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3 of 3 people found the following review helpful
on March 27, 2004
Format: HardcoverVerified Purchase
In A Handful of Kings, Mark Jacobs combines a taut thriller plot with a love story, and fleshes it out with a wealth of detail about Spain and the American Foreign Service. I was engaged by the three-dimensional characters and caught up in the action as the story unfolded.
Living in Madrid, I was doubly delighted to see this city feature so prominently in the novel (even though the action takes place also in Colombia and the United States). As Jacobs writes about an encounter in Madrid's El Retiro Park, for example, I could picture the scene vividly in my mind. He also does a great job of capturing the intangible things that make Madrid Madrid, even down to the Ducados cigarette smoke filling up one's favorite Spanish bar. Jacobs, who was a former Foreign Service Officer, does a wonderful job of opening a window onto the environment of a U.S. embassy and the people who run it for the general reader.
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1 of 1 people found the following review helpful
#1 HALL OF FAMEon February 2, 2004
Format: Hardcover
Thirty-three years old Vicky Sorrel, disenchanted with the State department, believes it is time to start over. She plans to quit her job as a cultural attaché assigned to the American Embassy in Spain. Vicky also informs her lover Wyatt Willis that she is leaving him behind. When it comes to her job, everyone wishes her the best. When it comes to her lover, he puts on a public show accusing her of betrayal to their eternal love.
Easily ignoring Wyatt, who added layers of skepticism to the cynical Vicky, she continues to shut down her life in Spain until her plans are disrupted when popular American author Jack Baines asks for help. The Columbia rebel Badger, in an attempt to embarrass the United States, has kidnapped Jack's nephew. Vicky has doubts about Jack's story, but agrees to help him, not realizing what she is getting into.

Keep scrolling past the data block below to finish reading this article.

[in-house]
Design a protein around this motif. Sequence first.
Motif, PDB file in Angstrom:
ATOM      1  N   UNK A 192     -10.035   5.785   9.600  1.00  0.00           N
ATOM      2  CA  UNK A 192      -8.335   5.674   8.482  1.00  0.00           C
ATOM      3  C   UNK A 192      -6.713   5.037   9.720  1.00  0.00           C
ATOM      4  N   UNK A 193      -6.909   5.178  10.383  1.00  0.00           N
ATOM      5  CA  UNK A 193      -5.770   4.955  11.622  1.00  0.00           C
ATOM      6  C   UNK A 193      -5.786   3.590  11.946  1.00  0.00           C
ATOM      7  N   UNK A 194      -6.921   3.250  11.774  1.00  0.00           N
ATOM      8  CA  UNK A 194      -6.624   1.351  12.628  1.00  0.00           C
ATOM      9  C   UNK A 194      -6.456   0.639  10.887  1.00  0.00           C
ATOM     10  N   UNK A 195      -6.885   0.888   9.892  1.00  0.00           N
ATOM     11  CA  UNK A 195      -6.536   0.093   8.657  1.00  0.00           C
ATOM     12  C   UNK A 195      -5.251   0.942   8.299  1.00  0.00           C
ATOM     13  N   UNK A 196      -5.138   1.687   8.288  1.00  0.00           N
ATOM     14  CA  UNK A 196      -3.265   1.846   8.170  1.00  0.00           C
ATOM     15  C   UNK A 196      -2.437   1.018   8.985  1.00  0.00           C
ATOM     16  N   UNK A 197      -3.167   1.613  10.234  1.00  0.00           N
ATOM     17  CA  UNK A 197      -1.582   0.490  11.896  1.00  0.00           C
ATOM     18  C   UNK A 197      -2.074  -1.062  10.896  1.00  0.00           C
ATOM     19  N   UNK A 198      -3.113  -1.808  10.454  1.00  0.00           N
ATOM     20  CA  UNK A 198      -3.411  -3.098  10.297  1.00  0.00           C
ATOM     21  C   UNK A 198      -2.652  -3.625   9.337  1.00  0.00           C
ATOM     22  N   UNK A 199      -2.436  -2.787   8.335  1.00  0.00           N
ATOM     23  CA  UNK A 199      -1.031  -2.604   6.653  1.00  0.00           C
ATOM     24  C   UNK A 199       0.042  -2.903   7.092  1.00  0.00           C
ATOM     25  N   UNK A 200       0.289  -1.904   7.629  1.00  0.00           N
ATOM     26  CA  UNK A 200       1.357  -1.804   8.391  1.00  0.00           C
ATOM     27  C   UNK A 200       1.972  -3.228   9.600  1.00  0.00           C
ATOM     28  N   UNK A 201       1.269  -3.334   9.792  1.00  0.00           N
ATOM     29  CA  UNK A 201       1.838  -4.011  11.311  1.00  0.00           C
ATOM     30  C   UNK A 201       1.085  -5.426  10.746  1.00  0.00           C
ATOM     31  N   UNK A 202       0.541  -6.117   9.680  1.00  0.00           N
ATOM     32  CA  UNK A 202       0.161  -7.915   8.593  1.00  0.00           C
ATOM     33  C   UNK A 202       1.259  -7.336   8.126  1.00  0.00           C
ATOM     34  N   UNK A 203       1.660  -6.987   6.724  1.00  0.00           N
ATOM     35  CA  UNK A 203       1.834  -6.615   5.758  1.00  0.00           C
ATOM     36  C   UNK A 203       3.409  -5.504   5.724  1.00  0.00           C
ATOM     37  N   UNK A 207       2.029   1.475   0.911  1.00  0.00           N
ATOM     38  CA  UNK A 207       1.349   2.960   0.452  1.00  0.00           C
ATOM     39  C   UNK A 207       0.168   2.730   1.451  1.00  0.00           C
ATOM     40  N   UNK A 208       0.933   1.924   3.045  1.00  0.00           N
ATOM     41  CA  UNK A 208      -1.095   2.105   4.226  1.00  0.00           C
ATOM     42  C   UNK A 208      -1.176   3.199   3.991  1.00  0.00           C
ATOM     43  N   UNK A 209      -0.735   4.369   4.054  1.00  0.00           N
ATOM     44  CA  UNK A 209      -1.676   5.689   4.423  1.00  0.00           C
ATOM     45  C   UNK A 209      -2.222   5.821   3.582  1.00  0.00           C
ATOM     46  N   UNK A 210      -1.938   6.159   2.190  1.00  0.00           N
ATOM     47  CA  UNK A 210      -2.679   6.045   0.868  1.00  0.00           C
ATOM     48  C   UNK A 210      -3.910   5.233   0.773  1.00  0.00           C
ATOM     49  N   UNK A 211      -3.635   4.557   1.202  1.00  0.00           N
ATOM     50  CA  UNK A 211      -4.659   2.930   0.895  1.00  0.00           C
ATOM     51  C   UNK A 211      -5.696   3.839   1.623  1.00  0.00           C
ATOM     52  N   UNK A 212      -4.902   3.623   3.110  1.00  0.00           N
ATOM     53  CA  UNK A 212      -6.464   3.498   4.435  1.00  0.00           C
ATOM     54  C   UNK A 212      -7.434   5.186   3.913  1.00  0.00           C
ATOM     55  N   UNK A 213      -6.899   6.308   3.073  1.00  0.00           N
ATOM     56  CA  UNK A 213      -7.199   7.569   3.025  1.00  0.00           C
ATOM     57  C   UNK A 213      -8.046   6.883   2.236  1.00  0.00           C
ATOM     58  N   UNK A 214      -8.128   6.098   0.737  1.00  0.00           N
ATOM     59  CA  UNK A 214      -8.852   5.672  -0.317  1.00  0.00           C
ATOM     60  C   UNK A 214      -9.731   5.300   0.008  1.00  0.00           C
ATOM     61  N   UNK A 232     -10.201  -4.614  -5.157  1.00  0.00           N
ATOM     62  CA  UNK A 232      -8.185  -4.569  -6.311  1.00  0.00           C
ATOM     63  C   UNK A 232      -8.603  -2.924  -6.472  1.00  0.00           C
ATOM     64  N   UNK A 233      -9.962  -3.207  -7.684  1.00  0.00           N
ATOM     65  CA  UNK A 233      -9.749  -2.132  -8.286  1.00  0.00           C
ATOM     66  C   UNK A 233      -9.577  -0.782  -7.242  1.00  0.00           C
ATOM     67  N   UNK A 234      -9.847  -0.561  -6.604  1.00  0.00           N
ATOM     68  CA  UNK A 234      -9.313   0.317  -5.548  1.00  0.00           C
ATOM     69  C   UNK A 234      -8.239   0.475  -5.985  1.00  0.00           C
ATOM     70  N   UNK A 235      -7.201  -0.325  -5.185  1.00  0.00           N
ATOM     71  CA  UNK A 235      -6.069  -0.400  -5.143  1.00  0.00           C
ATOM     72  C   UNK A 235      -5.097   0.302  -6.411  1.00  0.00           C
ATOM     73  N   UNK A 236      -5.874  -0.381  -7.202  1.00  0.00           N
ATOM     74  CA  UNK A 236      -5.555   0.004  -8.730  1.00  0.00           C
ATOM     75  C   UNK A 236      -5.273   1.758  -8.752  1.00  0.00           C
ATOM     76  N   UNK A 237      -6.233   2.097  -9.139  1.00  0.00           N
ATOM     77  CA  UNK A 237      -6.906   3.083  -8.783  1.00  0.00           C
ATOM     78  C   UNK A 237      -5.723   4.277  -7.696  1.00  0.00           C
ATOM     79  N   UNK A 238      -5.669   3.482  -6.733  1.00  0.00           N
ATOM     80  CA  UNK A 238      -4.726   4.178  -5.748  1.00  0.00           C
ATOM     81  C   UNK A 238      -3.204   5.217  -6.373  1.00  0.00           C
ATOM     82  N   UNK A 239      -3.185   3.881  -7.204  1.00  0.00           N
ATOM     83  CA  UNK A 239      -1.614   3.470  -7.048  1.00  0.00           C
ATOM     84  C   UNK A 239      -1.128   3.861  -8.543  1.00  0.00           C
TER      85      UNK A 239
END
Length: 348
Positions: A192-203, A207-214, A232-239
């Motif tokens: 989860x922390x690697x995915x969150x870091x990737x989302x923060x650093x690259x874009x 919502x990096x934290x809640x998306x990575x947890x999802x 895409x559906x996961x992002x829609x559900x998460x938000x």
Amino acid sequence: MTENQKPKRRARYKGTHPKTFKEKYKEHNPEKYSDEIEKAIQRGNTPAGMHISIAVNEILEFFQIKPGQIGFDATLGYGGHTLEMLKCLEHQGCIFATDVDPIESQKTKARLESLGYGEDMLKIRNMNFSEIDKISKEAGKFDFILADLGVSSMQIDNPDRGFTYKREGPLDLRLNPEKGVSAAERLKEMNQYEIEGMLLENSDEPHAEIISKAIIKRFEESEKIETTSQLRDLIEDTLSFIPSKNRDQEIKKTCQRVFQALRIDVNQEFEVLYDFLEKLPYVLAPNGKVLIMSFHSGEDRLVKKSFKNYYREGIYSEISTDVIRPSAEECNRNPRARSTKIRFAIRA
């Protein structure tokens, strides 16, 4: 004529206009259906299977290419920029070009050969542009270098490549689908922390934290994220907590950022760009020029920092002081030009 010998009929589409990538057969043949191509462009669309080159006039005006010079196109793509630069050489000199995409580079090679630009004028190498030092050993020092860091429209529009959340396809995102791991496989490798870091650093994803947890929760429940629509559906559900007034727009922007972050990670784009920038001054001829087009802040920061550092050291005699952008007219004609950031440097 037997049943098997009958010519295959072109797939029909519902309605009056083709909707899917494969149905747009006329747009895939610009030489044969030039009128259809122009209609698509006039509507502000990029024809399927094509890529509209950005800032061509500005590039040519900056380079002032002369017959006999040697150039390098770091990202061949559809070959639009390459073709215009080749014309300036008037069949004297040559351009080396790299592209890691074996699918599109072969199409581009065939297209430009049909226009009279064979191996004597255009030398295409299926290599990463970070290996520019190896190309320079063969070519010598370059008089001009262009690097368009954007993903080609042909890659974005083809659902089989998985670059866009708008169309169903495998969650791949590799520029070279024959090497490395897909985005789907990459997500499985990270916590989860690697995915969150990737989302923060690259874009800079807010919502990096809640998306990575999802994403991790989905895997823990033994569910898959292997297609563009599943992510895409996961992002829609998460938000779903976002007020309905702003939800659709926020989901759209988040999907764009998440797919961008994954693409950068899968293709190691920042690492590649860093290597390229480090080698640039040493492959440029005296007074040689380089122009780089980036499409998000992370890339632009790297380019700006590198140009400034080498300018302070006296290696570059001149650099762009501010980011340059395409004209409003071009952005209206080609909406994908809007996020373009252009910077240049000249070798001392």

Though exciting as a thriller and insightful in terms of Spain and embassy life overseas, A HANDFUL OF KINGS seems a bit short of royalty. The story line moves quickly and the Foreign Service is interesting to watch in action. Vicky is a former optimist, a believer in the American way, but her work has converted her into a delightful doubting Thomasina. The weak link to an otherwise fine tale is Jack, who at times acts like a lone STONE COWBOY and just seems no where near Vicky's level. Still Mark Jacobs provides a solid thriller with a shot of romance that will please suspense fans wondering what is really going on.
Harriet Klausner
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1 of 1 people found the following review helpful
on March 31, 2004
Format: Hardcover
Mark Jacobs paints the disparate characters in this, his second and best novel, with the broad impressionistic brush strokes of a writer who loves language. When the players in this novel are thrown together by design or by fate and begin to ricochet off of each other with increasing speed, Jacobs' magical word pictures will recall for many readers the verbal mastery of Graham Greene.
Jacobs depicts with the clarity of one who has been there, the inner conflict of the young female foreign service officer, who is fed up with government bureaucracy yet still drawn to the addictive drama of living as a stranger in a strange land.
The pathetic preening of Jack, the "famous" author calls to mind a number of Greene's most vulnerable and flawed characters.
The plot moves slowly at the outset as the characters are drawn and given their places on a broad international stage. The pace picks up quickly, however, as this thoughtful character driven novel morphs into a page turning spy thriller, without ever sacrificing the beautiful language that is the hallmark of this talented author.
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1 of 1 people found the following review helpful
on March 31, 2004
Format: Hardcover
Not only is this a page-turning tale, but you could wander through many bookstore aisles before matching the quality and imaginative language found in "A Handful of Kings." My only criticism is that the driving impulse to get on with the story was inhibited by the contradictory need to slow down and savor the robust writing. The settings and locales are authentic and convincing, . The carefully woven suspense-inducing strands of narrative eventually are drawn together in a startling climax. The world of international espionage bursts from the page in explosive colors. One might hope that Vicky would return in future works, with or without Jack and Wyatt. Whatever...just keep 'em coming.
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